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The intent here is not to cover all aspects of beam bending. In particular, topics such as determining the neutral axis, the parallel axis theorem, and computing beam deflections are not covered.

We will eventually need an analytical expression for radius of curvature, so it will be developed here. Start with any function, \(y = y(x)\), as shown in the figure. Recall that arc length, \(s\), is related to \(\rho\) through \(\rho \, \theta = s\), where \(\theta\) is the angle of the arc. In differential form, this is \(\rho \, d \theta = ds\). Now divide both sides by \(dx\).

\[ \rho {d \theta \over dx} = {ds \over dx} \]

We need expressions for \(d \theta \over dx\) and \(ds \over dx\). Starting with \(d \theta \over dx\), recall that

\[ \tan ( \theta ) = {dy \over dx} \]

so

\[ \theta = \text{Tan}^{-1} ( y' ) \]

Differentiate with respect to \(x\) to get \(d \theta \over dx\).

\[ {d \theta \over dx} = {y'' \over 1 + (y')^2} \]

To obtain \(ds \over dx\), start with

\[ ds^2 = dx^2 + dy^2 \]

Divide both sides by \(dx^2\)

\[ \left( ds \over dx \right)^2 = 1 + \left( dy \over dx \right)^2 \]

and take the square root of both sides

\[ {ds \over dx} = \sqrt{1 + (y')^2} \]

Substituting all this into \(\rho {d \theta \over dx} = {ds \over dx}\) gives

\[ \rho \, {y'' \over 1 + (y')^2} = \sqrt{1 + (y')^2} \]

And rearrange a little to obtain the popular expression.

\[ {1 \over \rho} = {y'' \over \left[ 1 + (y')^2 \right]^{3/2} } \]

Interestingly, any expression involving the radius of curvature seems to always have it appear in the denominator. And this is no exception, even when it is a defining equation.

Also interesting is the fact that many mechanics applications involve bending, but on a small scale. The beam bending discussed here is no exception. In such cases, the best approach is to define the x-axis along the beam such so that the \(y\) deflections, and more importantly the deformed slope, \(y'\), will both be small. If \(y' \lt \lt 1\), then \(y'\) can be neglected in the above equation. This produces a much simpler expression.

\[ {1 \over \rho} \approx y'' \]

\[ {1 \over \rho} = { | {\bf v'} \times {\bf v''} | \over | {\bf v'} |^3} \]

where \({\bf v}\) is a vector defined parametrically as \({\bf v} = {\bf v}(x(t), y(t), z(t))\), \({\bf v'}\) is its first derivative, \({\bf v''}\) is its second derivative, and \(|...|\) represents the length of a vector, i.e., the square root of the sum of the squares of its components.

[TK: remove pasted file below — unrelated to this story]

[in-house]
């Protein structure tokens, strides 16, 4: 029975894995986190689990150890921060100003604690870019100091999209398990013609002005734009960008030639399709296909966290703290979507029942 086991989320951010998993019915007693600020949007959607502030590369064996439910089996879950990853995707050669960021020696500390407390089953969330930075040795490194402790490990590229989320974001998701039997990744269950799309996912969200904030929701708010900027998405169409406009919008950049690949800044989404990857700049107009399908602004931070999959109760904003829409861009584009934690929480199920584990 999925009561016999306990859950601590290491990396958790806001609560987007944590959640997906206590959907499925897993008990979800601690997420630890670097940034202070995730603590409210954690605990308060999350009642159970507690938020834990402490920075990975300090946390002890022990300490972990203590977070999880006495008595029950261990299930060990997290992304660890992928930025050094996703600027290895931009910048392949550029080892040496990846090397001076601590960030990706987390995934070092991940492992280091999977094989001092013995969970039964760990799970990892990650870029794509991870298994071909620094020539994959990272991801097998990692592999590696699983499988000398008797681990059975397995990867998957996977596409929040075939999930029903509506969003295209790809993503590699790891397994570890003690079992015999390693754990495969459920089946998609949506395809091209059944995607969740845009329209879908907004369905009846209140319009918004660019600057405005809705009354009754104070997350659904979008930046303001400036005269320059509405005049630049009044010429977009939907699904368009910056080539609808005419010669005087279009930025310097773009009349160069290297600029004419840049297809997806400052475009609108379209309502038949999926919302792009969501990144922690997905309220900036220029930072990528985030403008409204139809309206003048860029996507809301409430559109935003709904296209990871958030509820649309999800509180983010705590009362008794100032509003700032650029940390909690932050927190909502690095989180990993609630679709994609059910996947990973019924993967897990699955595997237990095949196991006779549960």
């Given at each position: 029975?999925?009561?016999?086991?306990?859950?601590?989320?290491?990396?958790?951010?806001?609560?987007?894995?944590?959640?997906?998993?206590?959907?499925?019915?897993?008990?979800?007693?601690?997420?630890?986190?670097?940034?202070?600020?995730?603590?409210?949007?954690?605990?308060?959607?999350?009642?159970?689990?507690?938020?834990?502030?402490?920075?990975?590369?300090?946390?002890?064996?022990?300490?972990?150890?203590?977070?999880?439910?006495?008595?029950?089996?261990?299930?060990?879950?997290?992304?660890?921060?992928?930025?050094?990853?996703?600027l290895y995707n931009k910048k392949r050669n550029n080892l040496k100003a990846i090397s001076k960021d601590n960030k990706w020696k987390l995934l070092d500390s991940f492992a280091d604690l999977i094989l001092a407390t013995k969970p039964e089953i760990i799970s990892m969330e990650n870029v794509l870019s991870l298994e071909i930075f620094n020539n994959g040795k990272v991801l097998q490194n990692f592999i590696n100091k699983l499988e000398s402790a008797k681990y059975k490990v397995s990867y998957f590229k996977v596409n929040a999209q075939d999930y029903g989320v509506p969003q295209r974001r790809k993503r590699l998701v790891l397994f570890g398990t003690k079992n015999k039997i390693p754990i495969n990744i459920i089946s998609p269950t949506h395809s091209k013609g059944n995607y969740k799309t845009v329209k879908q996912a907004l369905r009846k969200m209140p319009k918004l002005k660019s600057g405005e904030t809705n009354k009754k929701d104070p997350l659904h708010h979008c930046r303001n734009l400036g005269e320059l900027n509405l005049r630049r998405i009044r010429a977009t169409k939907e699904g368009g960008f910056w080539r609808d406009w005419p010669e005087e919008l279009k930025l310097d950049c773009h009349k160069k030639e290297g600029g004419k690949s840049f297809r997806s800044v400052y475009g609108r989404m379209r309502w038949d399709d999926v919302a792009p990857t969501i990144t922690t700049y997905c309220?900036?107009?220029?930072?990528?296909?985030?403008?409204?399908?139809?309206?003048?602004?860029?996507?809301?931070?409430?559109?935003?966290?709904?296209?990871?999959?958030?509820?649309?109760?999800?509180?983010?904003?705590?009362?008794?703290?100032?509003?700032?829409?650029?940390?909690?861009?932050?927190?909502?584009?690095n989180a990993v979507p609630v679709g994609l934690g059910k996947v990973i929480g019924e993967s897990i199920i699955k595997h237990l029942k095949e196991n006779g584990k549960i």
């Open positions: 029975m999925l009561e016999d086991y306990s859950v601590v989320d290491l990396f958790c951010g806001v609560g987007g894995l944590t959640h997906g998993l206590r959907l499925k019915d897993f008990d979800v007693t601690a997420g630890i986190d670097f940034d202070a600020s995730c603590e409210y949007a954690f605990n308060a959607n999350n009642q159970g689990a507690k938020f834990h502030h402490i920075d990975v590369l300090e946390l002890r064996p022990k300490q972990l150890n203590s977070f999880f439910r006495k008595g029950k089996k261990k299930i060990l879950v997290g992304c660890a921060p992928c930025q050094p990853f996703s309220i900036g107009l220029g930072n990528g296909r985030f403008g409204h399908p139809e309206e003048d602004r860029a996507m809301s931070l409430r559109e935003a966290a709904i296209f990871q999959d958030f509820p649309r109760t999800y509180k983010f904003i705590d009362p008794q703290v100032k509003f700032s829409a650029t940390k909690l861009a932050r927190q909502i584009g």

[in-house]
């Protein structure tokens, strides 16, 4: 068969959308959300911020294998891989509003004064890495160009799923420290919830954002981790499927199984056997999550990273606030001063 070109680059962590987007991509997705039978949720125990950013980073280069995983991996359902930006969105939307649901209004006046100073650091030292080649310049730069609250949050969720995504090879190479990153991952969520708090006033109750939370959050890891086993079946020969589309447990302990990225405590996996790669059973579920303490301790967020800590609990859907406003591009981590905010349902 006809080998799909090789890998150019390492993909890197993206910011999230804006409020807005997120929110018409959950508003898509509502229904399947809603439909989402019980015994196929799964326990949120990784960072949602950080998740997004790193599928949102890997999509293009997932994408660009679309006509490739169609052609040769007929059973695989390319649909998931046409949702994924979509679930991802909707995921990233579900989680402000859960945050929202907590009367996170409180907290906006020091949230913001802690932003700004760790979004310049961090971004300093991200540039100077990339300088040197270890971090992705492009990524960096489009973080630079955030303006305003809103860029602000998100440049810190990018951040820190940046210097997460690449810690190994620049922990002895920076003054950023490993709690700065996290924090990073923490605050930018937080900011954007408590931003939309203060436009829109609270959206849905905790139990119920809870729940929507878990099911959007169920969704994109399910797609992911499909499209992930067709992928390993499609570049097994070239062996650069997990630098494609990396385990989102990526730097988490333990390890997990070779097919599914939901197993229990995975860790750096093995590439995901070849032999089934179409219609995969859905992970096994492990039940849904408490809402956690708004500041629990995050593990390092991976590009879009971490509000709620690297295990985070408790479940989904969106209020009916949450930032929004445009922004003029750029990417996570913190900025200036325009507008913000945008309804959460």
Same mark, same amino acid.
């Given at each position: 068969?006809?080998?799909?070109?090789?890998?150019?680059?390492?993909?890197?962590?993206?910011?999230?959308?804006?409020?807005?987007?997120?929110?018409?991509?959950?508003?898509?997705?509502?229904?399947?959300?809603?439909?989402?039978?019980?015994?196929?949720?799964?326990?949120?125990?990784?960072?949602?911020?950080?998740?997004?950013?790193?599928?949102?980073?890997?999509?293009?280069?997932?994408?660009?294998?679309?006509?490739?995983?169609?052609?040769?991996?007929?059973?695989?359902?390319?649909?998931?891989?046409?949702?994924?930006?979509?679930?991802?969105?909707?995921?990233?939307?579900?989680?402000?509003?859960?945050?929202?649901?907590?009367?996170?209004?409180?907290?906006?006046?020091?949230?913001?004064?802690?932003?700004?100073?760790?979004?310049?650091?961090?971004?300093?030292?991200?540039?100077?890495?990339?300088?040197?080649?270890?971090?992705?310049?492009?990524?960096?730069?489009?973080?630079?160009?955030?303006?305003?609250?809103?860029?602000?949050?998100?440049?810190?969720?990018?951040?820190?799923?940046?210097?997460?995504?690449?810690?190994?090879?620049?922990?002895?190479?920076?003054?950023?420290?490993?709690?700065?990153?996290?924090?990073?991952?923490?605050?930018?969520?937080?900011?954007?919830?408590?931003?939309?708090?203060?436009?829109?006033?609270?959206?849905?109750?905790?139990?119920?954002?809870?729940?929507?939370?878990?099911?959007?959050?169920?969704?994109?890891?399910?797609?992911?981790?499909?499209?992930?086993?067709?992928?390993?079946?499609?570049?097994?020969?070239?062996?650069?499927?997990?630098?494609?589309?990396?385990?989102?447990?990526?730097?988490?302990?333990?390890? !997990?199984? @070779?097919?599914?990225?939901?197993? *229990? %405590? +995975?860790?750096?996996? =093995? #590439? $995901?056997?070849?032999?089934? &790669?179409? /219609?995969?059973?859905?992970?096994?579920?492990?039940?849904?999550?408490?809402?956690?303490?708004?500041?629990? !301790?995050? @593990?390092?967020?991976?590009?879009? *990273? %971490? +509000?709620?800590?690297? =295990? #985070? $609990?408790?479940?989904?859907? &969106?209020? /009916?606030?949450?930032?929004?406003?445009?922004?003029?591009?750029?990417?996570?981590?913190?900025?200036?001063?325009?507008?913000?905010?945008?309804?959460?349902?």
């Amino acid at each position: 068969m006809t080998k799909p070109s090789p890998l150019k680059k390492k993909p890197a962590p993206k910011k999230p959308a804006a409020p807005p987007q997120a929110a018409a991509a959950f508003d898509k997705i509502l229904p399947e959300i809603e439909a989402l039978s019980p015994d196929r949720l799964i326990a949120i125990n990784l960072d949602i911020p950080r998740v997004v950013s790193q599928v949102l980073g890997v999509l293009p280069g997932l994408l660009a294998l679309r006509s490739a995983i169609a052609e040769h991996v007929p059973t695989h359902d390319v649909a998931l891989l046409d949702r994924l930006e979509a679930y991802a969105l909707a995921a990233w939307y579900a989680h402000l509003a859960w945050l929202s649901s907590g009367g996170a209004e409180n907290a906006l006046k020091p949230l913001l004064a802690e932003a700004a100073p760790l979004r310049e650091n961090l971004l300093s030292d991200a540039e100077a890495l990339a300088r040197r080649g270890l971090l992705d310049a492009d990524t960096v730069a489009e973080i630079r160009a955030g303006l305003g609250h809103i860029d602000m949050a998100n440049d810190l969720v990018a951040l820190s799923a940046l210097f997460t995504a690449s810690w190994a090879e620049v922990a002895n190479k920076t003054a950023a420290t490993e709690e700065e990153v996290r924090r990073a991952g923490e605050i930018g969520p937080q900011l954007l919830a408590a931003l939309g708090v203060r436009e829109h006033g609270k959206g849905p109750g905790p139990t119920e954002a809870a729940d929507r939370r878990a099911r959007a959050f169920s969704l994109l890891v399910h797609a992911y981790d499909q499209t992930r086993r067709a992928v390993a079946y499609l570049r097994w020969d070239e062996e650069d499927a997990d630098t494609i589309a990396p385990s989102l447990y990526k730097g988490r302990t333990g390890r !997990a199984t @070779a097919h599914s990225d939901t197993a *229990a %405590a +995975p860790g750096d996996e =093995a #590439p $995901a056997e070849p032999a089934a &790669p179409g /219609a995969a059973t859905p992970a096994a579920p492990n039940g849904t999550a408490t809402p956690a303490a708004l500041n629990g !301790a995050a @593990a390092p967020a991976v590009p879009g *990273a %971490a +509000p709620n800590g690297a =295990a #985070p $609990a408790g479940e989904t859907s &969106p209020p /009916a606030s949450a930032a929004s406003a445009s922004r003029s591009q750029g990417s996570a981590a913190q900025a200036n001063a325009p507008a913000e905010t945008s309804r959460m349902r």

Things become more complex when thickness is considered. In the figure below, an object of initial length, \(L_o\), is bent as shown. Since it has finite thickness, different portions of it are stretched, or compressed, different amounts. The outer portion of a beam is stretched the most because it is farthest from that center. Mathematically, all portions are bent the same angle, \(\theta\), but \(\rho\) varies through the thickness, so the quantity \(\rho \, \theta\) varies too, and therefore \(L\) varies as well.

The next step is to make a conscious decision to avoid the confusion of having many different radii of curvature through the thickness of a bent object. This is accomplished in two steps.

First, find the one \(\rho\) that satisfies \(\rho \, \theta = L_o\). Note that \(\rho\) is the computed result here and \(\theta\) and \(L_o\) are the inputs. Note also that the length in the equation is \(L_o\), the original, undeformed length, not the deformed one. This step establishes one unique value of \(\rho\) for a cross-section, rather than having multiple values, which could lead to much confusion.

The "due to bending" caveat in the above paragraph is present because the object may also be simultaneously loaded in tension (or compression) that stretches it until every point in its cross-section is longer (or shorter if compressed) than the original length, \(L_o\).

\[ L = (\rho - y) \theta \]

Recall that \(L_o = \rho \, \theta\). Now the strain, \(\epsilon\), can be expressed as

\[ \epsilon_x = {L - L_o \over L_o} = { (\rho - y) \theta - \rho \, \theta \over \rho \, \theta } \]

which simplifies to

\[ \epsilon_x = - {y \over \rho} \]

This is a key result for the strain in the object. It shows that the strain is zero at \(y=0\), the neutral axis, and varies linearly from it. If the object is thick, then \(y\) can take on large values, but in thin objects, it does not. This is fundamentally why thick objects have more bending stiffness than thin objects.

Also, the radius of curvature in the denominator accounts for many effects of bending. When the object is not bent, then \(\rho\) is infinite, and the strains are naturally zero. As the object bends, \(\rho\) decreases and the equation shows that the strains will increase.